Photo Belvedere Media Agentur
It was another great weekend for Australians at international competitions throughout Europe. Henry Frayne was near his best in Germany, while in Paris Joseph Deng and Kurtis Marschall were also close to their new personal best standards that have seen them mix it with the best in world in 2018.
Weitsprung Bad Langensalza
At one of the best long jump meets in the world for atmosphere and distances, Frayne placed fifth at the Weitsprung Meeting in Bad Langensalza with his best leap this European campaign of 8.22m.
Frayne had runway troubles early in the competition but was buoyed by some long fouls before coming up with his best leap in the 5th round.
Cuba's wunderkind Juan Miguel Echevarria jumped a new personal best and meet record to win with 8.68m. It was the deepest competition ever seen at the German spa town as the Cuban teenager triumphed over the trio of South African's, Luvo Manyonga, Zarck Visser and Ruswahl Samaai who went over 8.40m for places 2 to 4 and indeed one of the deepest competitions of all time.
Frayne was positive post-competition, maintaining perspective on how far he and coach Gary Bourne have managed to coax his body this season.
“Unfortunately the runway woes continue, but that competition reinstalled a lot of confidence as I was fearing I was starting to see a drop off in performance due to my results in comps, but also in training and by the feeling of my body.”
“But today was an awesome competition and conditions and I was jumping big fouls! The second round I thought originally was 8.25ish but after recording the 8.22m I realized that it was more like 8.40-45 & only a small foul.”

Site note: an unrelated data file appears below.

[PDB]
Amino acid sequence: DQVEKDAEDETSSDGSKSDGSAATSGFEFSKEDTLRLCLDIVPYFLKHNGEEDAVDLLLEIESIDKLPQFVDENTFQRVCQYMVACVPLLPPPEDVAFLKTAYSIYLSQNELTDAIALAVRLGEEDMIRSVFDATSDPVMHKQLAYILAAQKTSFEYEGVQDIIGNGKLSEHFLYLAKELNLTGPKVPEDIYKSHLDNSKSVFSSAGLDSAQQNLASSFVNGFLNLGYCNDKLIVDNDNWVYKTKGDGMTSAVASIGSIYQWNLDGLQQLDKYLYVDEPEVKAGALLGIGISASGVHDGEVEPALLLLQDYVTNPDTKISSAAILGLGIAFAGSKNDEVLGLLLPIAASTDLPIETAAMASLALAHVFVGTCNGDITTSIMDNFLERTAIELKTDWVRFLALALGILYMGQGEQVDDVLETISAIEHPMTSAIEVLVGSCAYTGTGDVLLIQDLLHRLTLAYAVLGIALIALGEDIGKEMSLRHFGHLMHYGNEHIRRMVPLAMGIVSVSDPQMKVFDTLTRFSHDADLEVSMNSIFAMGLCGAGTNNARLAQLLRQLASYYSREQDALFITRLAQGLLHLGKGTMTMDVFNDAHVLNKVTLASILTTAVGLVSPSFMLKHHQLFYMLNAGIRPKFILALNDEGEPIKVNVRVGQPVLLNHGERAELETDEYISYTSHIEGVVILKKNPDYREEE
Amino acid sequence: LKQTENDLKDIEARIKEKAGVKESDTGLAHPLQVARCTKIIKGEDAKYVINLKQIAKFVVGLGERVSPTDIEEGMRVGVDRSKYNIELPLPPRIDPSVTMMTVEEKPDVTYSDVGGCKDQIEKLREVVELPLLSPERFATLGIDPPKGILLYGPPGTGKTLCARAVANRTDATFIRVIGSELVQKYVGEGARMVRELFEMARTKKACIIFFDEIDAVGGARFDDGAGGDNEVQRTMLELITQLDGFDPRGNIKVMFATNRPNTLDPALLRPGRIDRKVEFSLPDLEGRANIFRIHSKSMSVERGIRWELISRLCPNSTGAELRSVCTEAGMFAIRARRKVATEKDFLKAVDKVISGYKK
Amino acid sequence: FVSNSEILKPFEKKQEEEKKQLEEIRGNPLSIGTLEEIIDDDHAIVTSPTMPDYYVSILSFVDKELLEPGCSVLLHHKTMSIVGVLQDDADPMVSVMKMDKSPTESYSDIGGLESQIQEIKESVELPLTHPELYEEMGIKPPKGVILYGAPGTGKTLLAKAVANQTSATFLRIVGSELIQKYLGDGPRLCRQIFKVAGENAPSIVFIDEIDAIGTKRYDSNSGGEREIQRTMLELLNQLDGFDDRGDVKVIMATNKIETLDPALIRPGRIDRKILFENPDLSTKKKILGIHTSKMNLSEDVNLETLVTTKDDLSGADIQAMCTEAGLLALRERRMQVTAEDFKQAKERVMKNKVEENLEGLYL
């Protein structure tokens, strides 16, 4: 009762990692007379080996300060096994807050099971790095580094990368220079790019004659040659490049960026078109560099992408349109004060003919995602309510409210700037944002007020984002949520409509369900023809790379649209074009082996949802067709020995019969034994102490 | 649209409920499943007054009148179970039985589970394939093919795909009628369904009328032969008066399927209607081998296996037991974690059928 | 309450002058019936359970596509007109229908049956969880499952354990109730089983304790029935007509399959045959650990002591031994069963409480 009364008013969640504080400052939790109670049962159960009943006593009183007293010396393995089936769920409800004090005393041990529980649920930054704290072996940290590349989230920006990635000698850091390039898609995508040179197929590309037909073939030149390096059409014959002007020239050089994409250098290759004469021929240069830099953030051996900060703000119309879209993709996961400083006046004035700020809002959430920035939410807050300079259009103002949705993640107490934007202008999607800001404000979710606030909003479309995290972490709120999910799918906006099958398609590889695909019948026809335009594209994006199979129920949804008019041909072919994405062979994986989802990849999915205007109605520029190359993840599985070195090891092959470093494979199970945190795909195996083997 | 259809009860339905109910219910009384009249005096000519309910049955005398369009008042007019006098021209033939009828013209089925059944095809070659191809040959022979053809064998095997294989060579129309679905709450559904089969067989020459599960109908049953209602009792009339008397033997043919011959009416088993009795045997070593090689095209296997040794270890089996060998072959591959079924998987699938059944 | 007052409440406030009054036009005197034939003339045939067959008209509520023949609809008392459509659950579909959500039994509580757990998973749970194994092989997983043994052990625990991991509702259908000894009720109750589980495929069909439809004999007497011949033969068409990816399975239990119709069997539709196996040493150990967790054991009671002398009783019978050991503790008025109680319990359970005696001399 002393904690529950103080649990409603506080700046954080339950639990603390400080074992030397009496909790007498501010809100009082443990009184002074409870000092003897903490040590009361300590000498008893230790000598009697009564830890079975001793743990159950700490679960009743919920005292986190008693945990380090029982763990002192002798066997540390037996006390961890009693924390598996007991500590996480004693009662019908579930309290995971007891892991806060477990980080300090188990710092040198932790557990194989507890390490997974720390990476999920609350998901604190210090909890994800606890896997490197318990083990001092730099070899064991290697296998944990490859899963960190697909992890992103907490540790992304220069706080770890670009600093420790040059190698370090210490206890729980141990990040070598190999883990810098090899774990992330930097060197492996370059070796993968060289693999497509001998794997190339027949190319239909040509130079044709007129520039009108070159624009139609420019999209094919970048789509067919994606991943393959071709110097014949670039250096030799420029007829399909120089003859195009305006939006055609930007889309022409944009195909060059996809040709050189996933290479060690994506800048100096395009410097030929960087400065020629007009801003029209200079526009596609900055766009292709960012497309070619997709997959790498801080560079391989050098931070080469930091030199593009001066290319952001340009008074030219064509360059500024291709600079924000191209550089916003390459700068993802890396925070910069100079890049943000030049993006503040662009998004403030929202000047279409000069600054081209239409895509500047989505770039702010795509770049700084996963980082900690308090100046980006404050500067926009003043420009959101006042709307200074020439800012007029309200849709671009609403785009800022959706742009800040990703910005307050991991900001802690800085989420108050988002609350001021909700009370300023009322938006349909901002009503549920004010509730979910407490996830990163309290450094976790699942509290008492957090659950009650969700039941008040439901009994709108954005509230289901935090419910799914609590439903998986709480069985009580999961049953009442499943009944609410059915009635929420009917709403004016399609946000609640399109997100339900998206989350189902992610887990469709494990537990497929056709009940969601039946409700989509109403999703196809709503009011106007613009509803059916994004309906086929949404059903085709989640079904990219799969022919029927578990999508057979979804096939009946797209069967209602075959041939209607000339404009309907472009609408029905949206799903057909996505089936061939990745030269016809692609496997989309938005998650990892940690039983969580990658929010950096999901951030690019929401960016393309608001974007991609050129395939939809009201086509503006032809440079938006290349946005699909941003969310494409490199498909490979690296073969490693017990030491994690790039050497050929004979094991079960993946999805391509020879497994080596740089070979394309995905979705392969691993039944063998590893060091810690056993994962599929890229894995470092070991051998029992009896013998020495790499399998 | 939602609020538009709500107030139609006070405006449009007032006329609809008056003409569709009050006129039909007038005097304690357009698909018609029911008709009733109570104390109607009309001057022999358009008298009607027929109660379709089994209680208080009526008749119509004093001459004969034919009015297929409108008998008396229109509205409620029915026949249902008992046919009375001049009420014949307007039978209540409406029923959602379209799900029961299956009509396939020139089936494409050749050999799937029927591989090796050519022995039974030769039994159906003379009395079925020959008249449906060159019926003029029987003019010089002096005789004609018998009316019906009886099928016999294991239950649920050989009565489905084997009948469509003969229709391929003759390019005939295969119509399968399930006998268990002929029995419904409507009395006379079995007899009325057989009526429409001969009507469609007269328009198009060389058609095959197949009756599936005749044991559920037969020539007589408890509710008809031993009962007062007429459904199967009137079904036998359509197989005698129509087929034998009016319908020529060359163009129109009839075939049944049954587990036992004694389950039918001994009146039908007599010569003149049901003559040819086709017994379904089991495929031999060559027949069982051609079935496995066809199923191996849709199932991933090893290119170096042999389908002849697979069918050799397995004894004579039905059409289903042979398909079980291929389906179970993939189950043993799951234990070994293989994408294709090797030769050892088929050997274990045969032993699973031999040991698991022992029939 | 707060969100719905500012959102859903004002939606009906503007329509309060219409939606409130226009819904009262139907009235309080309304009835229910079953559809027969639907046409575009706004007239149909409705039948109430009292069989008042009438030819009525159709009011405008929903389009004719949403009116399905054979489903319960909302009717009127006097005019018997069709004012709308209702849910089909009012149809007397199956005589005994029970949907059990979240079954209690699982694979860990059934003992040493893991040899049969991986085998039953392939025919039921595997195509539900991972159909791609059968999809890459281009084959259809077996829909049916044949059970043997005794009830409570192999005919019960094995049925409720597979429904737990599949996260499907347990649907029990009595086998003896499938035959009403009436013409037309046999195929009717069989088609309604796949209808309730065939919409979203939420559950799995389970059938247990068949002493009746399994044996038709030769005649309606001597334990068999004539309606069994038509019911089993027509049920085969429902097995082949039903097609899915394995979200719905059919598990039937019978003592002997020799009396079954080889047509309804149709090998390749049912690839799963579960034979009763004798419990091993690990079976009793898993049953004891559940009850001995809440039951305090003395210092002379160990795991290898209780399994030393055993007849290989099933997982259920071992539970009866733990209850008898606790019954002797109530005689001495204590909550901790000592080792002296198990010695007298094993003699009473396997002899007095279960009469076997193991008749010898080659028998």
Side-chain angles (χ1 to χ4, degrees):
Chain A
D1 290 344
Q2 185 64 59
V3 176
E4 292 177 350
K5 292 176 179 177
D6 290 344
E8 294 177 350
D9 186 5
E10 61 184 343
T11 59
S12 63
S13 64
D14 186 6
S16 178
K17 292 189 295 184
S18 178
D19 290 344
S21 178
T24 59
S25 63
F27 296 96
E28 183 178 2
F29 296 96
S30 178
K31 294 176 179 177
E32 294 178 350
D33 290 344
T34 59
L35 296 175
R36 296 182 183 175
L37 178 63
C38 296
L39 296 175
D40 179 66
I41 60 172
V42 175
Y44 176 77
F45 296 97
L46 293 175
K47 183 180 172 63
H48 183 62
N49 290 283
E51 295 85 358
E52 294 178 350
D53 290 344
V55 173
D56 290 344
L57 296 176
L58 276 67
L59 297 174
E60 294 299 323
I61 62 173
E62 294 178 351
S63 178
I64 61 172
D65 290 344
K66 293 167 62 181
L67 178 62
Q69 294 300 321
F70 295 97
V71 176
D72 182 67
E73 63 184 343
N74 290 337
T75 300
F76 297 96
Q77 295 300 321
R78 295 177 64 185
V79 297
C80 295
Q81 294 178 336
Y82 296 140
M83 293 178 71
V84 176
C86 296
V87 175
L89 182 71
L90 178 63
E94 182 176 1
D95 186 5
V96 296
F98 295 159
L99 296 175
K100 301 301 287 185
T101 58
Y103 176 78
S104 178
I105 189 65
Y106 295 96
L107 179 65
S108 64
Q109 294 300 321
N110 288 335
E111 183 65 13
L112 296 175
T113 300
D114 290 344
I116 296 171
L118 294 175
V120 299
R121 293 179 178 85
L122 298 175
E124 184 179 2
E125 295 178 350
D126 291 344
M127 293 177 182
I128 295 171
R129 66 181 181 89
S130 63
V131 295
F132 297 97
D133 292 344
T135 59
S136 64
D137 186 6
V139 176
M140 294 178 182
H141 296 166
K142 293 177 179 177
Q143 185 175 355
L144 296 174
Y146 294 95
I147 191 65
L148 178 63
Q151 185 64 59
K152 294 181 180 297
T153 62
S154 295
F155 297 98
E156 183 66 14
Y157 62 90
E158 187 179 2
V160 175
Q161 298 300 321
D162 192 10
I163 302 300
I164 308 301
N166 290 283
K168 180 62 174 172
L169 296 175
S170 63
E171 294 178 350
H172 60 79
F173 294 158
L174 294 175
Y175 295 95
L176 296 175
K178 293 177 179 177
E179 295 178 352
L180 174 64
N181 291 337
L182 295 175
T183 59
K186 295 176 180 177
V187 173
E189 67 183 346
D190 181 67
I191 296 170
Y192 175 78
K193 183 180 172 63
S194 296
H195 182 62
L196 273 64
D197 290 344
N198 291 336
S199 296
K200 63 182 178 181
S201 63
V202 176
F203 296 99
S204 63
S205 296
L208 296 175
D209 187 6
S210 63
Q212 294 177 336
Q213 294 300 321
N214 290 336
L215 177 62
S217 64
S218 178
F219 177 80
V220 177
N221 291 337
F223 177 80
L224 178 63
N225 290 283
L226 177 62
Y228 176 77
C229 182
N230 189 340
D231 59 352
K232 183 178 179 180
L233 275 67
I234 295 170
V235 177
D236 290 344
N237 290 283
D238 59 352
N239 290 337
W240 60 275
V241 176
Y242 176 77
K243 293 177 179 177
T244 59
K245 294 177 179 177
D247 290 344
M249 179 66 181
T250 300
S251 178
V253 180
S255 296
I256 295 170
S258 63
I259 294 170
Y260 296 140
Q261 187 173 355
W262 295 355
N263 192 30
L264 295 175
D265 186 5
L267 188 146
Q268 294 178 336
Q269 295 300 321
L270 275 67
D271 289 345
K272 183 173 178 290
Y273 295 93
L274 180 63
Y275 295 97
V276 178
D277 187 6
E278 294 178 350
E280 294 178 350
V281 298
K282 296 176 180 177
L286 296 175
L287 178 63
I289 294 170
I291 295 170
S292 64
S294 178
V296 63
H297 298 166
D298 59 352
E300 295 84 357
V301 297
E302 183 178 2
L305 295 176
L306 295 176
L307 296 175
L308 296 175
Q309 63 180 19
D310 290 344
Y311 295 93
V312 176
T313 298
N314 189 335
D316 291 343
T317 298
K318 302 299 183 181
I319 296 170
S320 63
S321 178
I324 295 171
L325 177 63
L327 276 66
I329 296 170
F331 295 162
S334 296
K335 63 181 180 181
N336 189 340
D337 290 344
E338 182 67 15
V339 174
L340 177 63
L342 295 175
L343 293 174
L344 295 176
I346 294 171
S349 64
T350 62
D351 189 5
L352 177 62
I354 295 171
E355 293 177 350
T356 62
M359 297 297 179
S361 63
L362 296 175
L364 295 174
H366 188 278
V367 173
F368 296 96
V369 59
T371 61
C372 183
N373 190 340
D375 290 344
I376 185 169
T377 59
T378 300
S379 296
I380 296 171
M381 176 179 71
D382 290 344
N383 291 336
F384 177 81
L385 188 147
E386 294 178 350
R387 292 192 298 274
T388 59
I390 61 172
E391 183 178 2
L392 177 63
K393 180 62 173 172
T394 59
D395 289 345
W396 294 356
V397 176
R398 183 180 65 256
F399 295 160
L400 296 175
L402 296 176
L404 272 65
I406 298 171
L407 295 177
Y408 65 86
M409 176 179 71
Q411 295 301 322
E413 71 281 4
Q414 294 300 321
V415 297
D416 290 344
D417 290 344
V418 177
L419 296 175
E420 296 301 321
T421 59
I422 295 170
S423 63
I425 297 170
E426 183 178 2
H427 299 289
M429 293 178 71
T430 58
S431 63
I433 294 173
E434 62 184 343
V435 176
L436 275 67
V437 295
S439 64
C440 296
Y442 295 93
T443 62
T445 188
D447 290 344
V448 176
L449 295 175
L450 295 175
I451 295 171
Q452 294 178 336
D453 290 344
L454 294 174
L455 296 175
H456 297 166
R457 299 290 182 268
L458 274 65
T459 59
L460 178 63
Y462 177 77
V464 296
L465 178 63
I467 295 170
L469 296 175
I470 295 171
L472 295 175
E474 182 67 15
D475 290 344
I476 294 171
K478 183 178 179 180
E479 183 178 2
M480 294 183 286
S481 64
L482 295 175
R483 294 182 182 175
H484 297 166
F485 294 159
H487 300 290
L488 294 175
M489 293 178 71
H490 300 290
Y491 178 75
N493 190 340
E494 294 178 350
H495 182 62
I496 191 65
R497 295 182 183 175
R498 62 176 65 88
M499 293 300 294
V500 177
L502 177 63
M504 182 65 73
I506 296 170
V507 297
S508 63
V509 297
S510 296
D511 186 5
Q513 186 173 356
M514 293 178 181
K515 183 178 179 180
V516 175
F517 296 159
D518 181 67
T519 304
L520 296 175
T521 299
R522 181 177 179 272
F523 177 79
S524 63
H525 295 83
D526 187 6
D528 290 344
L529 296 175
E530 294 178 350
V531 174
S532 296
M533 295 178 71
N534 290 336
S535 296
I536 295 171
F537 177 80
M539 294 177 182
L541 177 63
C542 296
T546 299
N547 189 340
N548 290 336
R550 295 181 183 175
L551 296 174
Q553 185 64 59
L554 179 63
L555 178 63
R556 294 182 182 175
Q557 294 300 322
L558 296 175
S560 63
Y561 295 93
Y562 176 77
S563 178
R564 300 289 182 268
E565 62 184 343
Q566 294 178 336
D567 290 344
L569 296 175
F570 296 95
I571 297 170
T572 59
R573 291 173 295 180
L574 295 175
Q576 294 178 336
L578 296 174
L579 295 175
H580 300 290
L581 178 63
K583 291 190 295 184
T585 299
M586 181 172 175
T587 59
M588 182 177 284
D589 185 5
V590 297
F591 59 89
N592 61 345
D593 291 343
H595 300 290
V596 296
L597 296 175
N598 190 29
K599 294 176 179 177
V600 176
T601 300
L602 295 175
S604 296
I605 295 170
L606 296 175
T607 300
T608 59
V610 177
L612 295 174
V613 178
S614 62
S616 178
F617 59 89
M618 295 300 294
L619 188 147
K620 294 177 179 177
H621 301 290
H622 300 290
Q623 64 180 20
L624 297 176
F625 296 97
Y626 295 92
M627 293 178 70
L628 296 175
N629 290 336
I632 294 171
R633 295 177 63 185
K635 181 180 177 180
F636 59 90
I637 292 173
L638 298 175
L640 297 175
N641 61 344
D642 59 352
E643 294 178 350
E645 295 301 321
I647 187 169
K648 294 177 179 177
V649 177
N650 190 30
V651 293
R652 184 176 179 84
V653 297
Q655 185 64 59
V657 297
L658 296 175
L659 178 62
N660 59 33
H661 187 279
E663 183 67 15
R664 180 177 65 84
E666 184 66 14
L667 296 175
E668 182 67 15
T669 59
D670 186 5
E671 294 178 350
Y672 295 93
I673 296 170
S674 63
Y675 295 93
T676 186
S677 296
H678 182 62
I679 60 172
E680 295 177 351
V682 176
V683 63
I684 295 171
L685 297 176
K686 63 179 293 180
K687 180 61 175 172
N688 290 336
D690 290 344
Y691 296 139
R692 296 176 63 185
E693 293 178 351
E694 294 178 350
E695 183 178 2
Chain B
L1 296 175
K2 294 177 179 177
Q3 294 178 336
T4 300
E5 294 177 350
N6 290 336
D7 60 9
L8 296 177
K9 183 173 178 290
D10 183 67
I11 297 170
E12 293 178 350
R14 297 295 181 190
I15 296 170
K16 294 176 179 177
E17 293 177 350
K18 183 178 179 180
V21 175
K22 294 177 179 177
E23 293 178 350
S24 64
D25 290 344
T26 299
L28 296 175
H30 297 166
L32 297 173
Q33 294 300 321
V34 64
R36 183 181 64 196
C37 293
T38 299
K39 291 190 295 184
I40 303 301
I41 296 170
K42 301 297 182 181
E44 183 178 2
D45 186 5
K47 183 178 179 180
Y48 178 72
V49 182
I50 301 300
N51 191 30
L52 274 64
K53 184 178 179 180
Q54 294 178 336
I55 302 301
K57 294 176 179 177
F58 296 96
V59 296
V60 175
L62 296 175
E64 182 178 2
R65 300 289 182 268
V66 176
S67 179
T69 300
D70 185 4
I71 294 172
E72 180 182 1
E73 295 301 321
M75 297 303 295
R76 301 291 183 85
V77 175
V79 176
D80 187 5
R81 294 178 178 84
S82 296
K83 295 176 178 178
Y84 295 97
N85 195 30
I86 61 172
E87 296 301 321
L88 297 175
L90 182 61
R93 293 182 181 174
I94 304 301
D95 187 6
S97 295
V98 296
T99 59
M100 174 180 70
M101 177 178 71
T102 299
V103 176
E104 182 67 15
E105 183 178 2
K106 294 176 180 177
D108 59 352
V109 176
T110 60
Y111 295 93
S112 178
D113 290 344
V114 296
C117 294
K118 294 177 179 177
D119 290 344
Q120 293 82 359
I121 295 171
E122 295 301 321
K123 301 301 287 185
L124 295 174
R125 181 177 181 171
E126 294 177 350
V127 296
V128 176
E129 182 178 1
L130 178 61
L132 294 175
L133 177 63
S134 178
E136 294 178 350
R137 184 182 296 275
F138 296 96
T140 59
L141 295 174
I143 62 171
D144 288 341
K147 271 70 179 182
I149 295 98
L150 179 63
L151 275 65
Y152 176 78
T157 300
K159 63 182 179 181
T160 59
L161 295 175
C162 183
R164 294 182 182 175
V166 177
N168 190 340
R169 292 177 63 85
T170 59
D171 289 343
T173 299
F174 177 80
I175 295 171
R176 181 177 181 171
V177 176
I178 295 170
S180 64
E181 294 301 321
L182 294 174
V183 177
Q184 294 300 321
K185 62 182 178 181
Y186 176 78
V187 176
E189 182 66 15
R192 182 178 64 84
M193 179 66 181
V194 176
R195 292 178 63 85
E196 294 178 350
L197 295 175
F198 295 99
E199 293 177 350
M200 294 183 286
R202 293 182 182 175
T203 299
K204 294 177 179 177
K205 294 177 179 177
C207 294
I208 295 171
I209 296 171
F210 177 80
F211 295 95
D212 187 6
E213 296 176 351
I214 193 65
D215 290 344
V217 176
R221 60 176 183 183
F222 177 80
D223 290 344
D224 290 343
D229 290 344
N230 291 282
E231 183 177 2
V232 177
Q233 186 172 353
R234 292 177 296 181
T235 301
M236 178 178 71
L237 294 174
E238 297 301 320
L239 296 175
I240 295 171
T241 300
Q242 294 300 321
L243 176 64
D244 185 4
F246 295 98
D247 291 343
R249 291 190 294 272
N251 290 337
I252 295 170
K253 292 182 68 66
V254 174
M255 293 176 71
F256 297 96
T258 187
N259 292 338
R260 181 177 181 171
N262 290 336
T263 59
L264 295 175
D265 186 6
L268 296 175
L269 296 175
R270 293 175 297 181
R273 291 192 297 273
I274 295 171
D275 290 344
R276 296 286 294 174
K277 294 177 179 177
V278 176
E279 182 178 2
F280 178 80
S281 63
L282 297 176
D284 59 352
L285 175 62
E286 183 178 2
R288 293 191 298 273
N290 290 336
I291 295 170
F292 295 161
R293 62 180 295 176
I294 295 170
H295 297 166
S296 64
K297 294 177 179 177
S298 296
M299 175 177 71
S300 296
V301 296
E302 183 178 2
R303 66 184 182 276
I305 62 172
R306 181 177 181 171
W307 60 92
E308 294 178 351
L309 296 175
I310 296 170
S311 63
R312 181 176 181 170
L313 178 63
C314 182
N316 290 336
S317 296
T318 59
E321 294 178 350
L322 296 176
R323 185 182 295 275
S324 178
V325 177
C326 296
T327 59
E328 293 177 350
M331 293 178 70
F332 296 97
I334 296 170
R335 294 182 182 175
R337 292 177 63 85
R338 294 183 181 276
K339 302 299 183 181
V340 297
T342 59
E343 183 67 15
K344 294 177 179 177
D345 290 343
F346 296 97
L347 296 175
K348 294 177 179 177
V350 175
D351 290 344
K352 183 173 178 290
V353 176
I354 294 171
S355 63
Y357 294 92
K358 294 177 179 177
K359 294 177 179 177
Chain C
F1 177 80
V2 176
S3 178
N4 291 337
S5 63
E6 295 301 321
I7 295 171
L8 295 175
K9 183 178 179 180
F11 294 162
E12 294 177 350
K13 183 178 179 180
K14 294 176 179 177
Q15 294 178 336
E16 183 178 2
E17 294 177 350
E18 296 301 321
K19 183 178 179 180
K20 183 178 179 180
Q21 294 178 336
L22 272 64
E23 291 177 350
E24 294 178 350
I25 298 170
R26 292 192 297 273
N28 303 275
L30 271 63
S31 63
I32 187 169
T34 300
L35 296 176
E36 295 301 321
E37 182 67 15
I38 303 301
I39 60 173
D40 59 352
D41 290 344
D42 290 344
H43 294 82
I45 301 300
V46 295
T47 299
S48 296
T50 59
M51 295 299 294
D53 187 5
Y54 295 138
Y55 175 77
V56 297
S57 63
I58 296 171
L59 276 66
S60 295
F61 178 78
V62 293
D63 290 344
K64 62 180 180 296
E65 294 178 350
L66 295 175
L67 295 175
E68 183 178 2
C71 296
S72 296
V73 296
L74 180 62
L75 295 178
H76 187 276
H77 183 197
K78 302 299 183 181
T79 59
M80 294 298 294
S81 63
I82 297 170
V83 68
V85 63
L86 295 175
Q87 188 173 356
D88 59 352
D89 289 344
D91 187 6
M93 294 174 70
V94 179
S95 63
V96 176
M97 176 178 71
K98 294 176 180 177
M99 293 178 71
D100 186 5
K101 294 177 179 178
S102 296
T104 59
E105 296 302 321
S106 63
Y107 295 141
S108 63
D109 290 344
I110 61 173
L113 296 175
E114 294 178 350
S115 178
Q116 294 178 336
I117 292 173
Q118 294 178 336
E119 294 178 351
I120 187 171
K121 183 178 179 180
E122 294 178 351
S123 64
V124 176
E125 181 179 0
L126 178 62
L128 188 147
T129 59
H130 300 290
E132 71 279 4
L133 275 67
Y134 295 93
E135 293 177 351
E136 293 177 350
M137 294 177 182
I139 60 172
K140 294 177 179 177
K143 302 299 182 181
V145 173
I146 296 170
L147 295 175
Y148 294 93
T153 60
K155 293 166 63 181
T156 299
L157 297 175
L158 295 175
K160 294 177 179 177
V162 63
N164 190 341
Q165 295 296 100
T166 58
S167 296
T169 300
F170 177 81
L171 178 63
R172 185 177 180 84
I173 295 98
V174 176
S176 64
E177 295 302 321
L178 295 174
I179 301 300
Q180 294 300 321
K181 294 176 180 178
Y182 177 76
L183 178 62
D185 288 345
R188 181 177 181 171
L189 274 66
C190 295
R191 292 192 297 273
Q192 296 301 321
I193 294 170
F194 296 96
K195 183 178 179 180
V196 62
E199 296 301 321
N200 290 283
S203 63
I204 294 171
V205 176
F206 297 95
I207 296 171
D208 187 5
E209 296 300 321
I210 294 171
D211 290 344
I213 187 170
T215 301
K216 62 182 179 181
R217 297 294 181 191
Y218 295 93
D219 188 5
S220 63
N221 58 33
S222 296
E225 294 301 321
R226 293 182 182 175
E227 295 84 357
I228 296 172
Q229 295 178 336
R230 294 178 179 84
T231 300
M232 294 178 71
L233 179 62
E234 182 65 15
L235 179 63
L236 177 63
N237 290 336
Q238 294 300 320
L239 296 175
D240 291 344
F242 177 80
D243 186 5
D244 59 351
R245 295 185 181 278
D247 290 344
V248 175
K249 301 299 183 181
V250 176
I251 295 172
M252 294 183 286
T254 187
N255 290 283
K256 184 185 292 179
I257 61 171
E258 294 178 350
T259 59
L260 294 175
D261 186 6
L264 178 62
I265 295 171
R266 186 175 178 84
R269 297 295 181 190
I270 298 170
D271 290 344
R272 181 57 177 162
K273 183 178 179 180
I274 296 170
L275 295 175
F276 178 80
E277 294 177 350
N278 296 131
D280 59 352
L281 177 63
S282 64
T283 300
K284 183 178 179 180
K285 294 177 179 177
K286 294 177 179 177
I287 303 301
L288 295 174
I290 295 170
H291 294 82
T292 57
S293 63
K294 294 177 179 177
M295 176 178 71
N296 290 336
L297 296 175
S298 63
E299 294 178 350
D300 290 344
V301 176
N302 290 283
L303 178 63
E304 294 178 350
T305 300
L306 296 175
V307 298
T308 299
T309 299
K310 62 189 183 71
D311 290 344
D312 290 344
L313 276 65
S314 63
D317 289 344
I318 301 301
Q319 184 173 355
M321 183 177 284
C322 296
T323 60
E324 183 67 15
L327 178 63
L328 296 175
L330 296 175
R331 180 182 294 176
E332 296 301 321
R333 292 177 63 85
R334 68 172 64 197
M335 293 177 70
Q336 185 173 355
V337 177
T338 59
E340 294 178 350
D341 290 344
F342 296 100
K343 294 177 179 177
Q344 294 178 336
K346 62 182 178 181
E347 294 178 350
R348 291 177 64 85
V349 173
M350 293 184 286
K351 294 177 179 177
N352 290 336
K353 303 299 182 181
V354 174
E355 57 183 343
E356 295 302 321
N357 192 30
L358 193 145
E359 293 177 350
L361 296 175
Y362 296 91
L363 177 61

“I’m excited again, I have work to do, but I’m getting closer to the distances I know I have in me.”
Paris Diamond League
On a balmy 33 degree Parisian evening 800km away, three of Australia’s finest young talents took to the track and the runway. Joseph Deng and Peter Bol added to a season of consistency, with runs of 1:44.67 and 1:45.82 respectively, whilst Kurtis Marschall surpassed his ranking entering the competition, finishing 6th with a leap of 5.70m.
In a loaded 800 metre field, Deng and Bol set off in earnest, clipping through 400 metres in 51.2 and 51.4 seconds respectively, positioned well in seventh and tenth, both in front of the eventual winner Ferguson Rotich (KEN). Despite encountering traffic in the final 150m, Deng strode forward powerfully, crossing in 1:44.67 for sixth, a mere six hundredths outside his personal best, as Bol showed signs of fatigue in his second race in three days, to finish 10th in 1:45.82.
Kurtis Marschall entered a globally competitive field ranked 10th on performance this year, working his way through clearances at 5.45m and 5.60m to vault over 5.70m, eventually bowing out after three misses at 5.77m. In an enthralling competition, Sam Kendricks (USA) held off teenager Armand Duplantis (SWE), clearing 5.96m to Dulpantis’ 5.90m, narrowly missing a final attempted height of 6.05m.
Marschall is fast becoming a contender at the top end of world vaulting and in Paris left big names in his wake with Olympic champion Thiago Braz (Brazil), a former World Indoor Champion Konstantinos Filippidis (Greece) and 2013 outdoor champ Raphael Holzdeppe among them.
Bol and Deng’s two lap event was highlighted by a dominant final 200m for Rotich, closing in 25.5 to move from last to first, covering the entire field in stunning fashion. Melbourne-based coach Justin Rinaldi provided context, “I think the lack of a longer base hurt Pete today, as he didn’t back up as well from the mid-week race. Joe did everything right and I’m really happy with him running another 1:44 (just outside his personal best). Another little block of training and I’m confident they’ll run PB’s in Monaco”
In a meet which delivered seven world leading marks, the standout performer in Paris was Abderrahman Samba (QAT), becoming just the second man in history to break the 47-second barrier in the 400m hurdles, crushing all competitors in 46.98. Caster Semenya (RSA) declined the offer of a pacemaker, and raced away to the fourth fastest 800m performance in history, with a 1:54.25 effort that crushed her South African record by almost one second.
Sean Whipp and Pat Birgan for Athletics Australia